Columbia’s Omni Heat

Ever see a space blanket? Otherwise known as A Thermal Blanket, essentially an emergency sheet resembling tin foil in fabric form. Its origins go back to NASA and are based on reflecting the body’s heat, thus retaining warmth.

Columbia’s Omni Heat fabric is like that. Reflective silver circles line the inside of their fleece, synthetic, down, and outwear layers. Take the Powerfly Jacket ($220, 13.6 ounces). The outer shell is ripstop nylon, it has narrow baffles filled with 800 down, and is lined with Omni Heat. It comes with a stuff sack; compressed inside its slightly larger than a softball.

I wore the Powerfly while in my sleeping bag during a cold night recently in Hueco Tanks, Texas. Shortly after putting the jacket on over my T-shirt, I could feel the heat radiate off the Omni Heat. Another time, I layered with it while climbing north-facing tower routes in the Fisher Towers (in winter). The Powerfly was one of about five layers I had to wear to keep warm. I liked the low bulk/high warmth ratio; this meant I could endure multi-hour belay sessions without feeling like the Michelin Man. I took it sport climbing last week in Boulder Canyon. On the most recent mission, I’d put the jacket on over bare skin between climbing burns – I felt toasty and cozy.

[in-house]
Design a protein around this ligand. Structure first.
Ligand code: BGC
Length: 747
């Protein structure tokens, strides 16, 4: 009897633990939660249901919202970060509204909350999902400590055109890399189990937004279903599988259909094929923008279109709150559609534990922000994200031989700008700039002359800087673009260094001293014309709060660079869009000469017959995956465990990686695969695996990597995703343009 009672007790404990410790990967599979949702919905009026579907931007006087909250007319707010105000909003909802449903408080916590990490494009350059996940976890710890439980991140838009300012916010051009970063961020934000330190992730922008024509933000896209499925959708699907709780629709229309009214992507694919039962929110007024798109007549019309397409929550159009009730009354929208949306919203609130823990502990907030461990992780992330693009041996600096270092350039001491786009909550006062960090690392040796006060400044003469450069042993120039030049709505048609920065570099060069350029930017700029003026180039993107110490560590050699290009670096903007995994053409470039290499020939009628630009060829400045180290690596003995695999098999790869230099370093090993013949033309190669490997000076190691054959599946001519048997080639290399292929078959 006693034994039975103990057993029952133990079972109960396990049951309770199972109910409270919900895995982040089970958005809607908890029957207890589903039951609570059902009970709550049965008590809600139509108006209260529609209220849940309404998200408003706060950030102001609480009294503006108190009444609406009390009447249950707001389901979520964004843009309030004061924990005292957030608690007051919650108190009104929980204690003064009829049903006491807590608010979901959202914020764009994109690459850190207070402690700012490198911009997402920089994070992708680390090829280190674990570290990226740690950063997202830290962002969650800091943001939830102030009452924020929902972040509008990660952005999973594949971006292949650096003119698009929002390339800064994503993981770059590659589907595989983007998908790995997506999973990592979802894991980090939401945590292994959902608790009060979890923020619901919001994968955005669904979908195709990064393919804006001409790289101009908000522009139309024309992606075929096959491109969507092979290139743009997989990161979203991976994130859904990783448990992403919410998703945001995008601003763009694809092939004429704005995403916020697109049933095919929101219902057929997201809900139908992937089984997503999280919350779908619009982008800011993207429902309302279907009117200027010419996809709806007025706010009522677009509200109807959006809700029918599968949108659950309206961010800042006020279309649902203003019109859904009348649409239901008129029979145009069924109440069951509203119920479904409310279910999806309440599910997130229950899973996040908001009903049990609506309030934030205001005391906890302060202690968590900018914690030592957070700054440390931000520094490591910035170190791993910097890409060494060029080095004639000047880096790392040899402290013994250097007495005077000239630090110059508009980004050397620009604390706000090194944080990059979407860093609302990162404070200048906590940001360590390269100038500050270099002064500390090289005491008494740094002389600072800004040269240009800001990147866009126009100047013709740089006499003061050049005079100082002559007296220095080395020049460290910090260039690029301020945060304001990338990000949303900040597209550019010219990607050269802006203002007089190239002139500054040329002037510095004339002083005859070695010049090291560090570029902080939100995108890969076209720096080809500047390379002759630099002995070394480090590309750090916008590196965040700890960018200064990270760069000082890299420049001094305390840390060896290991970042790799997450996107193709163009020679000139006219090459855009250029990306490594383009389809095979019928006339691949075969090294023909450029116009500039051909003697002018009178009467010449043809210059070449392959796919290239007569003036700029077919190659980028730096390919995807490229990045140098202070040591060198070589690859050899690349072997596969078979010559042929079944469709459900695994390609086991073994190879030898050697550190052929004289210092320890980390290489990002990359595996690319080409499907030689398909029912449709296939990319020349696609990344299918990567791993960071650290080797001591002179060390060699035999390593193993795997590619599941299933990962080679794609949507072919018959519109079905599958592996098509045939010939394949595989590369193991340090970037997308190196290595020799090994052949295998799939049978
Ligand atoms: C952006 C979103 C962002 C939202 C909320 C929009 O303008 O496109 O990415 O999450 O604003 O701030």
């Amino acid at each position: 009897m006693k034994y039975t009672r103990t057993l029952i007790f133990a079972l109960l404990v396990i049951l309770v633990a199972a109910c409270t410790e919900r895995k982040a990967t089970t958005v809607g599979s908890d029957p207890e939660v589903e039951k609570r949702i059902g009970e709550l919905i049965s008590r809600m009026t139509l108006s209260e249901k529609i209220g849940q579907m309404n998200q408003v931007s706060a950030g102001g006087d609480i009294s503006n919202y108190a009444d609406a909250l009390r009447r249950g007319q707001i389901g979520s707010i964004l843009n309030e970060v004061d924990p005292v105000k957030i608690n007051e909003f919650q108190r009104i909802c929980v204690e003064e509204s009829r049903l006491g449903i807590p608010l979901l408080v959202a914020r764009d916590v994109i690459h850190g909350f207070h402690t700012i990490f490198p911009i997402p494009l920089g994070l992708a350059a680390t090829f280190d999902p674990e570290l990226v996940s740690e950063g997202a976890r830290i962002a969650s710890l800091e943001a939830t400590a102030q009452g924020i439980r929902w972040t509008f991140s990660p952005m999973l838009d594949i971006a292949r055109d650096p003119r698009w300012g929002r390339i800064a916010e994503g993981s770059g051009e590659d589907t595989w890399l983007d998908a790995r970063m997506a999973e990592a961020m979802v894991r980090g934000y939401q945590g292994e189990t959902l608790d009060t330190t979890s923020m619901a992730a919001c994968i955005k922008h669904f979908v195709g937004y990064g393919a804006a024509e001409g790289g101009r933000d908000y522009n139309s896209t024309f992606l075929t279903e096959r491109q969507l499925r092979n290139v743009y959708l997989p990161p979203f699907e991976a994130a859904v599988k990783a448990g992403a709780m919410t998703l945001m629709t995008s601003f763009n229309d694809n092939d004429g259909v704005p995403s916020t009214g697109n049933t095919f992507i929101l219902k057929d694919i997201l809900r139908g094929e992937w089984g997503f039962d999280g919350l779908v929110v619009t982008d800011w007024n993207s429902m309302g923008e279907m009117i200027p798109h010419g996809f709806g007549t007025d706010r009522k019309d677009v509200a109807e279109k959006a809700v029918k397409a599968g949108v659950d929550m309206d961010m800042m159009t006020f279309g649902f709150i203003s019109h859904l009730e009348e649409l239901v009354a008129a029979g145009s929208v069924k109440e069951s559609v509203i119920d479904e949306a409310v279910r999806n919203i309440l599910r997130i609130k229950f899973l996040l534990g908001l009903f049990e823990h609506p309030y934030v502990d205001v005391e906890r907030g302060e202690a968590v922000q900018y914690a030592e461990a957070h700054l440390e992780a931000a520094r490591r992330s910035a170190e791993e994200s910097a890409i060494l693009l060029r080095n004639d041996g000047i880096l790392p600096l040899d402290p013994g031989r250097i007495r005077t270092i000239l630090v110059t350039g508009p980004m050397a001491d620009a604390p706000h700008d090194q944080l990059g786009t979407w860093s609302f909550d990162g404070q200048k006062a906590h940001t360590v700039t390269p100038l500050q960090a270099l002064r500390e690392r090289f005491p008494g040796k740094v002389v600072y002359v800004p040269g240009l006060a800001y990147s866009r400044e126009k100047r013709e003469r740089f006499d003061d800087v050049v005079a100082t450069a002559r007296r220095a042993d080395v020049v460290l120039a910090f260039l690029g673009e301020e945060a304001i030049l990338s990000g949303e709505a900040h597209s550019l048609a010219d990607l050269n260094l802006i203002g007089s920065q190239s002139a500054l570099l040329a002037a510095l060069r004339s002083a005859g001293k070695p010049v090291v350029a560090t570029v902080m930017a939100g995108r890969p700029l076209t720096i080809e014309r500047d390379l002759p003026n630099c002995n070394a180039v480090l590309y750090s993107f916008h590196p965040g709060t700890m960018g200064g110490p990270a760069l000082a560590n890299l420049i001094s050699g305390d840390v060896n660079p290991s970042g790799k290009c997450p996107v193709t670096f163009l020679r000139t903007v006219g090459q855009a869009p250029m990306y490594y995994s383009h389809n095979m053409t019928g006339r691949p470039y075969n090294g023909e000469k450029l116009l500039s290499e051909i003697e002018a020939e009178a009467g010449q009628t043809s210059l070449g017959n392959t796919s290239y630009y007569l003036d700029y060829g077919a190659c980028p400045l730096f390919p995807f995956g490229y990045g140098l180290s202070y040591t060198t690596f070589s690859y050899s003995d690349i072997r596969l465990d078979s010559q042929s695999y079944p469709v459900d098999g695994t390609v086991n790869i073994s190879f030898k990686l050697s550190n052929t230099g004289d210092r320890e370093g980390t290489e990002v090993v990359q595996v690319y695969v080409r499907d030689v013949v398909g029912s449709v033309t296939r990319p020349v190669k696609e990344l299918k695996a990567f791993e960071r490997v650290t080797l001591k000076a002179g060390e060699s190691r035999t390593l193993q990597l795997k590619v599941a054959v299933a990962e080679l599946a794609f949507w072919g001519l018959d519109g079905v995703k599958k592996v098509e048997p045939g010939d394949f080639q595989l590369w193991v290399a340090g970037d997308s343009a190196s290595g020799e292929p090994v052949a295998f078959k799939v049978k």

The Powerfly is the middle layer of a four-point Columbia layering system. It’s the layer I can’t seem to take off – I wear it everywhere; even in the comfort of my office as I type.

As a set, the Powerfly is one of several layers that can be worn in unison, including the Extreme Fleece ($80) base layer, and Ultrachange (this is two jackets that fit together, or apart, the Omni-Heat reflective and Omni-Wick EVAP; combined they’re $450, 20oz). The Omni-Heat reflective is a nylon/synthetic liner which doubles as a belay jacket for spring or fall. Omni Dry EVAP is the ultra-light outer shell.

The Omni Heat synthetic jacket has become my go-to jacket for days when I need a mid-weight layer. When I was in Hueco wearing the Omni Heat, I often covered it with the REI Thoroughfare Jacket to keep it from getting scratched and torn on the sharp rocks.

The Omni Dry EVAP is so light that at first I didn’t want to take it mixed climbing because I didn’t want to tear it. It worked without a problem on the ice but I keep it off when dry tooling in the course limestone chimneys. None of these layers take up excessive weight or bulk, and the fit hugs the body.

The author toasty and cozy while climbing in Boulder Canyon.

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